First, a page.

Stena Line: We are 10 years ahead of the industry’s emission reduction targets

Ferry shipping company Stena Line has cut its total CO2 emissions by 1.7 %, corresponding to 24,000 tonnes of CO2 in total, the company said in its sustainability report for 2019.

Image credit Stena Line

The report further indicates that ferry owners and operator managed to reduce its CO2 emissions per transported ton freight and passenger vehicles onboard its vessels by 3.6%.

Stena Estrid
Image credit Stena Line

Stena Line said that the latest reduction figures mean that the company is ten years ahead of the industry’s reduction goals and that it already meets the International Maritime Organisation (IMO) targets for 2030 of a 40 % reduction in CO2 emissions efficiency from 2008-2030.  

“During the last ten years we have improved the efficiency with more than 320 energy efficiency actions onboard and onshore, both technical and operational improvements and investments,” Erik Lewenhaupt, Head of Sustainability at Stena Line, said.

“The introduction of AI-assisted vessels and the delivery of our first new larger and energy-efficient vessels that went into operations on the Irish Sea during the spring, are some highlights from last year.”

To remind, back in 2019 Stena Line took delivery of Stena Estrid from AVIC Weihai Shipyard and deployed it on the Dublin to Holyhead route.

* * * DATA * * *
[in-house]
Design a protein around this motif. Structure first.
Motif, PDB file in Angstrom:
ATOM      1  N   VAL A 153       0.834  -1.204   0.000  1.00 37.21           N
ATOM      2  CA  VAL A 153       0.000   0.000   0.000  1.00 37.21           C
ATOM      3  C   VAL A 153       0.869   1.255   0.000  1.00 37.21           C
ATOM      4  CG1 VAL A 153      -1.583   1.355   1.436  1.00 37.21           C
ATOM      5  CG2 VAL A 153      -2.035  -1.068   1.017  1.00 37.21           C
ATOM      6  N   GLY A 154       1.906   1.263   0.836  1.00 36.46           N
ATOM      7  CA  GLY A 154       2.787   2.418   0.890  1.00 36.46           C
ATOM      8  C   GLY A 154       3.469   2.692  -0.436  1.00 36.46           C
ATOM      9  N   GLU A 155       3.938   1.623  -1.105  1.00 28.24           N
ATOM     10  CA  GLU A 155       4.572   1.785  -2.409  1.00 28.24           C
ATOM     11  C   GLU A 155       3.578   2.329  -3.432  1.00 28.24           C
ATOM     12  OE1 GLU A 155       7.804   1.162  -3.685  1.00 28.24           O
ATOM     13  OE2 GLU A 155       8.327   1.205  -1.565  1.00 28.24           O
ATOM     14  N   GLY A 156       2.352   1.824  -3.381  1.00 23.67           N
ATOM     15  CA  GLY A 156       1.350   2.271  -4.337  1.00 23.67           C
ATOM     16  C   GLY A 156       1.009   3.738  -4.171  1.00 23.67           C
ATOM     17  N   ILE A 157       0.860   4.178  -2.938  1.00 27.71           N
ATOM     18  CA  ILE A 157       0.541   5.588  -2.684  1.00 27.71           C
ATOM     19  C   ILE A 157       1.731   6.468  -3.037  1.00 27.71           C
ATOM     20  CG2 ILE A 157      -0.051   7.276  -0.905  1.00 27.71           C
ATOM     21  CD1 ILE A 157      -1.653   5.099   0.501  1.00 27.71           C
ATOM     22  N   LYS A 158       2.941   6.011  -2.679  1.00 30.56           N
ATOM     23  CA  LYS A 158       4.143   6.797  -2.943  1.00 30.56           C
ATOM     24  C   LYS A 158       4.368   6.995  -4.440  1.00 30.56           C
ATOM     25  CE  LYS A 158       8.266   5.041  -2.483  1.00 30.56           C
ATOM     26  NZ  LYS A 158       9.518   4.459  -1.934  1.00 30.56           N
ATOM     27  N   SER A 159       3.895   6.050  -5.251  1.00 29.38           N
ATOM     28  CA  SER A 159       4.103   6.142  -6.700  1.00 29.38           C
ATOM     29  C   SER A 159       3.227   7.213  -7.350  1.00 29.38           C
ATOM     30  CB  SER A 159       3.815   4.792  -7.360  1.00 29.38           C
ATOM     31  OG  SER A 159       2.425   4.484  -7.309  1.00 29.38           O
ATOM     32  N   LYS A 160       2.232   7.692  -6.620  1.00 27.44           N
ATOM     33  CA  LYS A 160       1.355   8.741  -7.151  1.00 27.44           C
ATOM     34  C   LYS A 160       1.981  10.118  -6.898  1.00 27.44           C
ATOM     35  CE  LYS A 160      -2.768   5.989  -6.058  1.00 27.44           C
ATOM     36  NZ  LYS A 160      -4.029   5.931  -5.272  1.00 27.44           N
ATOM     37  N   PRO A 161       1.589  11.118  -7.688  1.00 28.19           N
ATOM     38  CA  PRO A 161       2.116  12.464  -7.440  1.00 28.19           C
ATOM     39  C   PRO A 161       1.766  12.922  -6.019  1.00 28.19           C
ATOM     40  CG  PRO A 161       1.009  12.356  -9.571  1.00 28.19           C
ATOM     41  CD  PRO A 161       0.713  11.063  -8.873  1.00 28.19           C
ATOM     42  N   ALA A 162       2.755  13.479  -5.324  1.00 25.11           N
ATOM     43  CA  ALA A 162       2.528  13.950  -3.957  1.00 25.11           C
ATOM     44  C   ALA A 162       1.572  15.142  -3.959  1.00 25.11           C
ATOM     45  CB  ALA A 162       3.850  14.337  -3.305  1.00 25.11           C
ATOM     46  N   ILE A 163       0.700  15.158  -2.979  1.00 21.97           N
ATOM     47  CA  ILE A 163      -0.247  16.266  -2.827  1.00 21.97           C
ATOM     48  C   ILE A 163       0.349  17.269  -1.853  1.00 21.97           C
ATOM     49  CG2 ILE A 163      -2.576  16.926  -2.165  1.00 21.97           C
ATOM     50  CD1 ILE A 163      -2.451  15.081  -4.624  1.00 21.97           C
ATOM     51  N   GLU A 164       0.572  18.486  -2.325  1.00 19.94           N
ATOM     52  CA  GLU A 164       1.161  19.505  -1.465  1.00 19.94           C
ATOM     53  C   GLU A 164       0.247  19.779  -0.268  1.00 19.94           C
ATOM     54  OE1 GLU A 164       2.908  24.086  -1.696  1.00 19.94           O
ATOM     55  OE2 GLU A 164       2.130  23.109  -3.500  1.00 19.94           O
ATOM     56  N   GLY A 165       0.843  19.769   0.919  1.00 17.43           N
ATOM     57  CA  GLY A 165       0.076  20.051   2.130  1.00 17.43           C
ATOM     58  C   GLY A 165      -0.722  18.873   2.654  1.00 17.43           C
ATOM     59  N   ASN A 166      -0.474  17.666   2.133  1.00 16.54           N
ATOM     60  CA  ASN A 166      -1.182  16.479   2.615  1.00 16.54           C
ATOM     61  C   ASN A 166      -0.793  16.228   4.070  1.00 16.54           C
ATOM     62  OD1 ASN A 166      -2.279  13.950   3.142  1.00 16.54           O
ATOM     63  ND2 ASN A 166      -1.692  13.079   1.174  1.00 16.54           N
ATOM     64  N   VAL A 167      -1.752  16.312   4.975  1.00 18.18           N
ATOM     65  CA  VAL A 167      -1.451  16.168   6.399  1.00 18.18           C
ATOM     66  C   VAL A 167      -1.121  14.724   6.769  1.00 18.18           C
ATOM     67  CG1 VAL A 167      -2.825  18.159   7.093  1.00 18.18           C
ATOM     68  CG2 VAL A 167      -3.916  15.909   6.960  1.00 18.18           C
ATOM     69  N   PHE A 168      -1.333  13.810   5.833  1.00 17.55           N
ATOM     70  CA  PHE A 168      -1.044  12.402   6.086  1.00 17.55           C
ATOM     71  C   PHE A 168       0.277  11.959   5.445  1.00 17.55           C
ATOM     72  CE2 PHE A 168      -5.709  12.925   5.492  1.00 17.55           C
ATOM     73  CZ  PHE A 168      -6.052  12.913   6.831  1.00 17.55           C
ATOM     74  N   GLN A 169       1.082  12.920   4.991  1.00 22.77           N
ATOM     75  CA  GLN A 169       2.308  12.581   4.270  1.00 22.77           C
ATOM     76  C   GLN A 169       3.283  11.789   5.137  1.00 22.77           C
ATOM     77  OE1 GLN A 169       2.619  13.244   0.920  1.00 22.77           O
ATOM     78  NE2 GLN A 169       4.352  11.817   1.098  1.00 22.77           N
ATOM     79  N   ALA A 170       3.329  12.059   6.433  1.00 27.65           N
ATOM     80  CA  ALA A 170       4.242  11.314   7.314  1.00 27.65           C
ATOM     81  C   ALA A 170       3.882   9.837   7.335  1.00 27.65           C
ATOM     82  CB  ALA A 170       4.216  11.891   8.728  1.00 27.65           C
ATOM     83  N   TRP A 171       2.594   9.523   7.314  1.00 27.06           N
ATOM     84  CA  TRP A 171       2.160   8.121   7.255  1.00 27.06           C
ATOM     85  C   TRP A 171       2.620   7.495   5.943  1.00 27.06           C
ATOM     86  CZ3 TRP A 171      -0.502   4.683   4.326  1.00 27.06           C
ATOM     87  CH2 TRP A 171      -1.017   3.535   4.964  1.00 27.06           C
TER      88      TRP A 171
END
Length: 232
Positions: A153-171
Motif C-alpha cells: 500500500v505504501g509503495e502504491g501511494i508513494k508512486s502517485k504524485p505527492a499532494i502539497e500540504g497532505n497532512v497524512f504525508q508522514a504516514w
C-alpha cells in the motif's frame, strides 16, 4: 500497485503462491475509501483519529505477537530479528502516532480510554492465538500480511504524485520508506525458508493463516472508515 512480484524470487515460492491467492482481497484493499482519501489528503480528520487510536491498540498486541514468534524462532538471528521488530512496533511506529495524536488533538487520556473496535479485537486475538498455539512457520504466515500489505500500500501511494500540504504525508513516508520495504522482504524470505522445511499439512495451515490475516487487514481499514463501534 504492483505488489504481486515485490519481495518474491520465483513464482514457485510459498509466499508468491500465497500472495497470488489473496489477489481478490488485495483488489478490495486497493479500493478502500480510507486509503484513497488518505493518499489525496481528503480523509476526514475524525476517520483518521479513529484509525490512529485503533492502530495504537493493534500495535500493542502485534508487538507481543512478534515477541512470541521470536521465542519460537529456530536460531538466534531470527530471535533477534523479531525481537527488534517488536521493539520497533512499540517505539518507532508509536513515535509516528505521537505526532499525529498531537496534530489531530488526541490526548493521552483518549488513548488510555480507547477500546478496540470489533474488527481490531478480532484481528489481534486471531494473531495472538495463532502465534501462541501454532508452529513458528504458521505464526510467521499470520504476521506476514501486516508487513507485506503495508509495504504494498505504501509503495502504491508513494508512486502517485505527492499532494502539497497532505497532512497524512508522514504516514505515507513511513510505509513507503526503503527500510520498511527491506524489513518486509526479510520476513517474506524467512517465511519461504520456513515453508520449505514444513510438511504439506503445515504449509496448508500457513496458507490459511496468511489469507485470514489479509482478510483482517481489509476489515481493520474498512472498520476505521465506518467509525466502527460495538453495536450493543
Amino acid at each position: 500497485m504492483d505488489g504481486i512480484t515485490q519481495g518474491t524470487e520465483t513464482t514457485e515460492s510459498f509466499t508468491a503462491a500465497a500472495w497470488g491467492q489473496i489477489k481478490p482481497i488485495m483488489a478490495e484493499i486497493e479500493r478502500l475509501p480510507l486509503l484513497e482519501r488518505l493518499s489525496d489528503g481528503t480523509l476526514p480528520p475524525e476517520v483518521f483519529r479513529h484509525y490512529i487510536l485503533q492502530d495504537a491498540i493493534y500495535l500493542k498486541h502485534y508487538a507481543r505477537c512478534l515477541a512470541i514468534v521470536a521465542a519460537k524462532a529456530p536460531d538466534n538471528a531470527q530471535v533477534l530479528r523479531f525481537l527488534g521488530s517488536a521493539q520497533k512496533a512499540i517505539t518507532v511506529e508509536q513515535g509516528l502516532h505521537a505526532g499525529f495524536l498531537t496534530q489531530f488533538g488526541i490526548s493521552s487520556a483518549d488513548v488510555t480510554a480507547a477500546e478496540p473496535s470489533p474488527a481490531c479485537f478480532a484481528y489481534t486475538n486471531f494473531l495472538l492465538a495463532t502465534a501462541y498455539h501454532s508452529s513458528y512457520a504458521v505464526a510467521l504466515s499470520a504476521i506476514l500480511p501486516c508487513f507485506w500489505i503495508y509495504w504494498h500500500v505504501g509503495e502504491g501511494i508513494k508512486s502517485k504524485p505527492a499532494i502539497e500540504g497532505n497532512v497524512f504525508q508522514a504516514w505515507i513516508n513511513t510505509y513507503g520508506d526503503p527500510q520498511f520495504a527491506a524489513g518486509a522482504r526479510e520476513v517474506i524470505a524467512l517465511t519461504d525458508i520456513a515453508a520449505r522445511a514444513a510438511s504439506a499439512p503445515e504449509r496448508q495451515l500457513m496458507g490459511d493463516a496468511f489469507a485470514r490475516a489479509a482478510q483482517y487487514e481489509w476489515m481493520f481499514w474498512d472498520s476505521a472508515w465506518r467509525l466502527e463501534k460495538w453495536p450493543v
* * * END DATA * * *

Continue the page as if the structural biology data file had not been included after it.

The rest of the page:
Stena Estrid was the first of five next-generation Stena Line RoPax vessels being built in China to join the company’s fleet. Shortly after, E-Flexer ferry Stena Estrid started service on the Irish Sea route in January 2020.

“Stena Estrid and Stena Edda are bigger, better, and more efficient than previous generations of ships. Per unit carried they can lower CO2 emissions by about 25 percent compared to a standard design ship and they are equipped with lots of green technology,” Lewenhaupt explained.

Once delivered, all five newbuilds will be supported by Stena Line’s artificial intelligence technology, Stena Fuel Pilot, which predicts the most fuel-efficient way to operate a vessel, helping cut fuel consumption by 2–3 percent per trip, the report revealed.

The company has already tested and implemented the technology on several of its ships, and during 2020–2021 the ferry operator is planning a fleet-wide rollout.

“Planning a trip and handling a vessel in a safe, and at the same time, fuel-efficient way is craftsmanship. When assisted by AI a captain or officer can learn how to optimise fuel quicker, and in return, this contributes to a more sustainable journey,” says Jari Virtanen, Chief Transformation Officer at Stena Line.

The ferry operator wants to lower its yearly fuel consumption and CO2 emissions by 2.5 percent per ton/km by using technology.

Furthermore, Stena Line has the ambition to become a zero-emission company by 2050 in line with international targets.

“We are currently working in parallel with reducing fuel consumption, and emissions to sea and air and at the same time exploring and evaluating the fuels for the future. We are currently involved in several projects with alternative fuels and propulsion, including the world’s first methanol powered vessel and a battery project with the aim of launching a fully battery-powered vessel before 2030,” Lewenhaupt added.

The ferry owner said that it has almost completely reduced the use of single-use plastic aboard its ships and was working on improving the use of recycled material in its offices, ports, and terminals.

The report also shows that the company increased the number of female leaders in the company, adding that a total of 20 % of managers are females.